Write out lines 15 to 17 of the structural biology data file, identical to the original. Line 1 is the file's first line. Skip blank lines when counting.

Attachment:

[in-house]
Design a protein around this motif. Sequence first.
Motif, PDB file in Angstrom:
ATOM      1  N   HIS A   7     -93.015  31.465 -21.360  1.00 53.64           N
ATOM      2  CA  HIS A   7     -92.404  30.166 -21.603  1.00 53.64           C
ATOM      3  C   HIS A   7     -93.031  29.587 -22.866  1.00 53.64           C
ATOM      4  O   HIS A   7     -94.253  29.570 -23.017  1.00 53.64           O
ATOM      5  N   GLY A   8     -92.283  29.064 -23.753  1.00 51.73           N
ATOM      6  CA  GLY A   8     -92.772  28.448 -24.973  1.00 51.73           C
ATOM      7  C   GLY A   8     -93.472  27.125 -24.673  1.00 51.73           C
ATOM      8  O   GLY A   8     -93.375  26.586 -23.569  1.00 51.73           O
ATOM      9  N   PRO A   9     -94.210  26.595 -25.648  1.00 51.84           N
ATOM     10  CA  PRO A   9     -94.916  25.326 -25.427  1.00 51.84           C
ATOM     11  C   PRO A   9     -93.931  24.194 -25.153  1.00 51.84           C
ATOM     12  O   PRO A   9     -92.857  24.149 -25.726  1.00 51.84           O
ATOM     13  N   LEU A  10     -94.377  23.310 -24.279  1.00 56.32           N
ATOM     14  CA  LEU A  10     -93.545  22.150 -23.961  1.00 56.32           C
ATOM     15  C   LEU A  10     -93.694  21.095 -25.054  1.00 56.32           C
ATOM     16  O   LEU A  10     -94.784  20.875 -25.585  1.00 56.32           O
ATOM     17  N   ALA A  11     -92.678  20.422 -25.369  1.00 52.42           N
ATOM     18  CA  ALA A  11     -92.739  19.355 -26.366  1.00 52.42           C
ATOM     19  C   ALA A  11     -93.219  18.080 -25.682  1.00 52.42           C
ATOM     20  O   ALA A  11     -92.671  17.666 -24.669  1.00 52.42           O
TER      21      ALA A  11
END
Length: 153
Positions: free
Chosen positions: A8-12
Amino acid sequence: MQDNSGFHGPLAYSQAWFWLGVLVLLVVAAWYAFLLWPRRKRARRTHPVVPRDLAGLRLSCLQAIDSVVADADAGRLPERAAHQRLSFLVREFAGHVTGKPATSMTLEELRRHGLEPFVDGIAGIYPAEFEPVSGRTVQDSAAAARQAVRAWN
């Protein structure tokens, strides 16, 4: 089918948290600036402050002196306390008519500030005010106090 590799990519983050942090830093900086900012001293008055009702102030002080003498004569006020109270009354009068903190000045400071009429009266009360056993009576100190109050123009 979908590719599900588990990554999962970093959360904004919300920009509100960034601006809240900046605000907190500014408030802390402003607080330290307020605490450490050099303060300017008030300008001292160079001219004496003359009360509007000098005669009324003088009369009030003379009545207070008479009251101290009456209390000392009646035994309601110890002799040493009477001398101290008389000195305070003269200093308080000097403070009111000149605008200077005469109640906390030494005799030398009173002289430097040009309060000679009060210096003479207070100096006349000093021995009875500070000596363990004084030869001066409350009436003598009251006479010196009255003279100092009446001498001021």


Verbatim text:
ATOM     12  O   PRO A   9     -92.857  24.149 -25.726  1.00 51.84           O
ATOM     13  N   LEU A  10     -94.377  23.310 -24.279  1.00 56.32           N
ATOM     14  CA  LEU A  10     -93.545  22.150 -23.961  1.00 56.32           C